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Since publishing The Path to Purpose in 2008, I’ve been trying to see how ideas from the book can help with some of the challenges we’re facing as we move into the 21st Century – a new era that already has shown itself to be incredibly dynamic, intricate, and rich with opportunity and risk. It is a time that has been especially tricky for many young people, in their school years and beyond. Despite heroic efforts by leaders in the worlds of business, education, and government, rates of school failure and the “achievement gap” among our students haven’t budged much over the past three decades. Post-school, legions of young adults have been drifting through life without finding anything to dedicate themselves to that they consider meaningful. These are amazingly bright and talented young adults who deserve a chance to employ their many gifts for their own hopeful futures and that of the society that they will inherit.

Fortunately, I am not traveling alone in my post-Path-to-Purpose explorations. For one thing, during the talks that I give to parents and teachers, people in the audience share illuminating stories, insights, and comments with me, and they ask questions that help me stretch my thinking beyond anything I have previously imagined. I have many colleagues in education and psychology who offer me great ideas and give me feedback on what I’m working on. And I get fascinating e-mails from folks whom I have never met, pushing me in new directions and correcting wrongs turns I may have taken in my writing. All of this communication is tremendously generative in helping me address complex issues that are far larger than anything I could solve alone.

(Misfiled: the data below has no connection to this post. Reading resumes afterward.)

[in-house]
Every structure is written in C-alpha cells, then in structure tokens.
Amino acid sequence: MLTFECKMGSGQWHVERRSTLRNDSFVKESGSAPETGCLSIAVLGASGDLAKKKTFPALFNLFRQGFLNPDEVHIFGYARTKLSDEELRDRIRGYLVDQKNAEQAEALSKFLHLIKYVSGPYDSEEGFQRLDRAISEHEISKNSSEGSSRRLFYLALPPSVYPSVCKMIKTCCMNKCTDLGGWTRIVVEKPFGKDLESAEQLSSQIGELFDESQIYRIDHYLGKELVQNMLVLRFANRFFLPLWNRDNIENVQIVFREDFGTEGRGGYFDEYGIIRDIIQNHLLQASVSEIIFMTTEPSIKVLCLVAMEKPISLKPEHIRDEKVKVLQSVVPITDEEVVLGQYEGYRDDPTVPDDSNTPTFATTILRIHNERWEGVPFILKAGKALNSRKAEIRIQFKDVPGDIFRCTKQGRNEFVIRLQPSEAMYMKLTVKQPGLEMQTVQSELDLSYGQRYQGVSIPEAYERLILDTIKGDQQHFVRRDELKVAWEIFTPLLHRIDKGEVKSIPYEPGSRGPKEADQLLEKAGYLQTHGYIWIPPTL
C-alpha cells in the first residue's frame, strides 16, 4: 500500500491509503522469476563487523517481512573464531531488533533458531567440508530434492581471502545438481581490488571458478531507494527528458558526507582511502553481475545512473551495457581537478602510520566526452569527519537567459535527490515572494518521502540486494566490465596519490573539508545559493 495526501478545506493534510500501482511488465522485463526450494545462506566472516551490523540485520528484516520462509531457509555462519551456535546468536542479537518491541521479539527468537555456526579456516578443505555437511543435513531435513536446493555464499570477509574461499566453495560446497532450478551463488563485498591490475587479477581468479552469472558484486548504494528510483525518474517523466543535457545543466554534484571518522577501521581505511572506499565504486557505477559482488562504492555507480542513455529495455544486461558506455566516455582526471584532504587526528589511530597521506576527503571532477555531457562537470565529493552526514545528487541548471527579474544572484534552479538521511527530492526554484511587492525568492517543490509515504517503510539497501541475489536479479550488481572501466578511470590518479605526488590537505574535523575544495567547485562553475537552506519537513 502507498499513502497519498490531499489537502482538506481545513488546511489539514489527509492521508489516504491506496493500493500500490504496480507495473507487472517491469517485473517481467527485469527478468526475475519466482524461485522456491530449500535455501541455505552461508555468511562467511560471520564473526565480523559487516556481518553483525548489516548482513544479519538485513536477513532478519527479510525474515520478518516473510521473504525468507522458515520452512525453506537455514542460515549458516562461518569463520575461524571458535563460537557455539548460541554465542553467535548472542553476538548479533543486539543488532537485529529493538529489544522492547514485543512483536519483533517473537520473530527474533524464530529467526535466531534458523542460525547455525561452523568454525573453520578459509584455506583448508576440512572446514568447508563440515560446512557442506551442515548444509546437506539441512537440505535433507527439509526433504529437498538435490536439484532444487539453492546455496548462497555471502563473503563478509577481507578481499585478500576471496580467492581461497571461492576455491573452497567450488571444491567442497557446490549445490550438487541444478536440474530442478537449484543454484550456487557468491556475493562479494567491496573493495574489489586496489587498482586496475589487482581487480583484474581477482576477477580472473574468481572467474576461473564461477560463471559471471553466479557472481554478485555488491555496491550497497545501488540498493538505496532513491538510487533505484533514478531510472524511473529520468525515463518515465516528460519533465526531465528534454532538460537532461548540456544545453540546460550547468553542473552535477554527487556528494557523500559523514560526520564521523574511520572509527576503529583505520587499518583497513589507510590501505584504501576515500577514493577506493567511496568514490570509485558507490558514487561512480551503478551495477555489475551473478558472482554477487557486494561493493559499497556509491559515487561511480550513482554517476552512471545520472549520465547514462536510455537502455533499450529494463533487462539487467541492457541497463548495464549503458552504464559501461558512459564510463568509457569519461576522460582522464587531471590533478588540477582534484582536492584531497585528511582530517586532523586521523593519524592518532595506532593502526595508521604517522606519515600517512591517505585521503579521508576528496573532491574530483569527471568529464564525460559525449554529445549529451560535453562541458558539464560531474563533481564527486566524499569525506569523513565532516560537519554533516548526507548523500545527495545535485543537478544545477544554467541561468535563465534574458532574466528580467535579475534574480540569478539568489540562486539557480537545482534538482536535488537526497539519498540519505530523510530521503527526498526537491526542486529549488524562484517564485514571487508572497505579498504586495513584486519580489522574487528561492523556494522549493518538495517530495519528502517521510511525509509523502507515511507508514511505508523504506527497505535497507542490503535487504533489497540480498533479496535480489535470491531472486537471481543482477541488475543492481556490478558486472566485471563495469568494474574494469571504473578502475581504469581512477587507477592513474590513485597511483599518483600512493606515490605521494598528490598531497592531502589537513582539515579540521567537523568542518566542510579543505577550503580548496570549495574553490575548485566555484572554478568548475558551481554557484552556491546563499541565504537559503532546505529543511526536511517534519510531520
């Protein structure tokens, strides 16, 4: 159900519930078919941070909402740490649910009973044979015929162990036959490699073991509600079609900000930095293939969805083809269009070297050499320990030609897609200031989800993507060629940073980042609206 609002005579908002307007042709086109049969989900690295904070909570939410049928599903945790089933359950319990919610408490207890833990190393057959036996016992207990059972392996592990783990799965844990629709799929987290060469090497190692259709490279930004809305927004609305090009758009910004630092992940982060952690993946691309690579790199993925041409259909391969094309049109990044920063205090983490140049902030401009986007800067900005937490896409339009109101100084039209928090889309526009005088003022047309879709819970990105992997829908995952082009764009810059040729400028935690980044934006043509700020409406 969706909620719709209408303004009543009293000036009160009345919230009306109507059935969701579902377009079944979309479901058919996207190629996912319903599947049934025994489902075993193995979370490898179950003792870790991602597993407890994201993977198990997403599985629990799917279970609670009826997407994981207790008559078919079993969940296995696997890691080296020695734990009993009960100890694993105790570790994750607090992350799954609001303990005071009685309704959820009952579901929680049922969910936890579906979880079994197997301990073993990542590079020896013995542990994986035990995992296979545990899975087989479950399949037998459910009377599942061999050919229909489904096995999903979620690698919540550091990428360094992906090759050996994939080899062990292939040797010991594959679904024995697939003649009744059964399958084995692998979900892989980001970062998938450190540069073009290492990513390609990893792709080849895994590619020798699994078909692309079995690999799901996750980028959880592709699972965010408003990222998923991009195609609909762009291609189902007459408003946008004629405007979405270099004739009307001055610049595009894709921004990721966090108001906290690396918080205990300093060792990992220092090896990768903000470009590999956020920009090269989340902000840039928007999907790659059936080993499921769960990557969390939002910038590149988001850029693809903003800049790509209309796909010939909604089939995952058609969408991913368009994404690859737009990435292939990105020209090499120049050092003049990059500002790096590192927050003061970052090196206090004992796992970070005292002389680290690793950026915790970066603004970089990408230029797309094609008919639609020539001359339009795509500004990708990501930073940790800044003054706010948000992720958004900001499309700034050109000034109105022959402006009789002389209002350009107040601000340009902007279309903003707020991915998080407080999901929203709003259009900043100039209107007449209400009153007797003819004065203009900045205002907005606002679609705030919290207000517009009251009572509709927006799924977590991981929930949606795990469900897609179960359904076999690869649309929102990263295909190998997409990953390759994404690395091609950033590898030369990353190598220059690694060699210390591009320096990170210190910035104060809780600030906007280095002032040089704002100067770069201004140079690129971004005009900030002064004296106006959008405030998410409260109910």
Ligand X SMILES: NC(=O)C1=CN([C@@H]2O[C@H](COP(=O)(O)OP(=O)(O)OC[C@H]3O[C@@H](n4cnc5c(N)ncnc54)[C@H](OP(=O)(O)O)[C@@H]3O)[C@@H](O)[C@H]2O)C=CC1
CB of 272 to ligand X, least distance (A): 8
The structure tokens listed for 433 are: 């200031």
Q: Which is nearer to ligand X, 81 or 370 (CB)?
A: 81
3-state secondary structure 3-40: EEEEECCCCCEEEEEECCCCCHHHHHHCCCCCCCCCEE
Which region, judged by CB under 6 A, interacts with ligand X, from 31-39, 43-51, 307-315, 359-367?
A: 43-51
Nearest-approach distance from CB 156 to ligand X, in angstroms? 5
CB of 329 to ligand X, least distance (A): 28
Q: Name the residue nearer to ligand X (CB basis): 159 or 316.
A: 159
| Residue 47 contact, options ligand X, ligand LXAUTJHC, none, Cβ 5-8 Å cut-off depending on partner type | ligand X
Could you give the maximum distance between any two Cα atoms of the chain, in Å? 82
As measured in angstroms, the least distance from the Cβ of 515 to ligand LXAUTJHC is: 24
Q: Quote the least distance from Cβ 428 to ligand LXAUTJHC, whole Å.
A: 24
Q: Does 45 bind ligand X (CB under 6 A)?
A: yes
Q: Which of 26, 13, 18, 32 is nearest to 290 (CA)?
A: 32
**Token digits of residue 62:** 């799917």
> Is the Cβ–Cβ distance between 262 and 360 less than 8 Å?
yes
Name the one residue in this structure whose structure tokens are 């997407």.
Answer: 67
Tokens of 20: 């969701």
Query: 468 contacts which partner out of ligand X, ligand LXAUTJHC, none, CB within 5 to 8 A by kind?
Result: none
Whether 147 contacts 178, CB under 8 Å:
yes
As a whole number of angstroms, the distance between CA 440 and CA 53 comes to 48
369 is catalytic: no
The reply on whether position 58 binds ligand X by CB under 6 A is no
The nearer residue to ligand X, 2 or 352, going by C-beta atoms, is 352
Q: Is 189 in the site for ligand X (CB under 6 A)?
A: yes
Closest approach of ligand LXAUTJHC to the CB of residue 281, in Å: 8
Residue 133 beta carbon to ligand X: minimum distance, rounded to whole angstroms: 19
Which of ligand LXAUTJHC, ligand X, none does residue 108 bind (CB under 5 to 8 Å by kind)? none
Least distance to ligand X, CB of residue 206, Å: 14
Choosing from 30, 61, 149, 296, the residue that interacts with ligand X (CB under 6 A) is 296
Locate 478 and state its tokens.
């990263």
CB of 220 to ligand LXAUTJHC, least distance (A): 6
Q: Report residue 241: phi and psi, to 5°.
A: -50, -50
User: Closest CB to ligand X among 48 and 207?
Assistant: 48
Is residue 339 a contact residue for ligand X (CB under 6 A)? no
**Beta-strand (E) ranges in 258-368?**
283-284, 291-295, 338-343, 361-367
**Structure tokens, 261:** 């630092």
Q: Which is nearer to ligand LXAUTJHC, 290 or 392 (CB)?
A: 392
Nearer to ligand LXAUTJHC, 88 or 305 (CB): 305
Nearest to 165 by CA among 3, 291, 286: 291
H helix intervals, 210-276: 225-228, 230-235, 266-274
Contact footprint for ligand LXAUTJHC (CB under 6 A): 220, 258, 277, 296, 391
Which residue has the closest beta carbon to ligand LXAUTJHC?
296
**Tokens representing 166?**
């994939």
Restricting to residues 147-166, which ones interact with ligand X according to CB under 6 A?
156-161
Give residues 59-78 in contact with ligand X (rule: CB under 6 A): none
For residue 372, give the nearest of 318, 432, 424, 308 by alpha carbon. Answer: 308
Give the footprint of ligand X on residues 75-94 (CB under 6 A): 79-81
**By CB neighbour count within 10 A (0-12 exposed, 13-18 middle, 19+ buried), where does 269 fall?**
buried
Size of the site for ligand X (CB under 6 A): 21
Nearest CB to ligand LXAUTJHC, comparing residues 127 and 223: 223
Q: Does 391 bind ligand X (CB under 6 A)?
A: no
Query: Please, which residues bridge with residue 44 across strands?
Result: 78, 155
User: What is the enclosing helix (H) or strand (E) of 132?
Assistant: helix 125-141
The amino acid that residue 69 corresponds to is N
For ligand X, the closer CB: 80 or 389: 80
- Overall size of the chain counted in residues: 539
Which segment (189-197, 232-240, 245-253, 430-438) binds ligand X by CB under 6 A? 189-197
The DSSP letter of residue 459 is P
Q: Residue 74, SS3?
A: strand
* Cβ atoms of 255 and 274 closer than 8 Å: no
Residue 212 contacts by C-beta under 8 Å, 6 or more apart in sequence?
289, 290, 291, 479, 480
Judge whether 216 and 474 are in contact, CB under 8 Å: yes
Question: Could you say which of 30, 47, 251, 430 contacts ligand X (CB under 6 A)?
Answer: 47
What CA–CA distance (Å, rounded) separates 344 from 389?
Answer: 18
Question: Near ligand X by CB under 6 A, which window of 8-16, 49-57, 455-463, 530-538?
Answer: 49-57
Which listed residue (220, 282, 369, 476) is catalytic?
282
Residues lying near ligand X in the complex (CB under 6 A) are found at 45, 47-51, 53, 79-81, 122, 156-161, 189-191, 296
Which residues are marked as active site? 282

This is where this blog comes in. I’m starting this blog as a way to be more systematic in my efforts to communicate, and get feedback on, my explorations in new areas that I still have lots to learn about. Some of these explorations are conceptual, involving ideas about education, human development, and the future of American society. Others are practical, involving ways to bolster young people’s aspirations by helping them find purpose in life.

The blog format will provide me a way of airing new ideas of this sort. The ideas will be unproven; and in some cases they will be too hastily considered and mistaken. For this and many other reasons, I welcome your posts to this blog. I may or may not agree with what you say, but I will certainly take away something valuable from any comment that you care to make.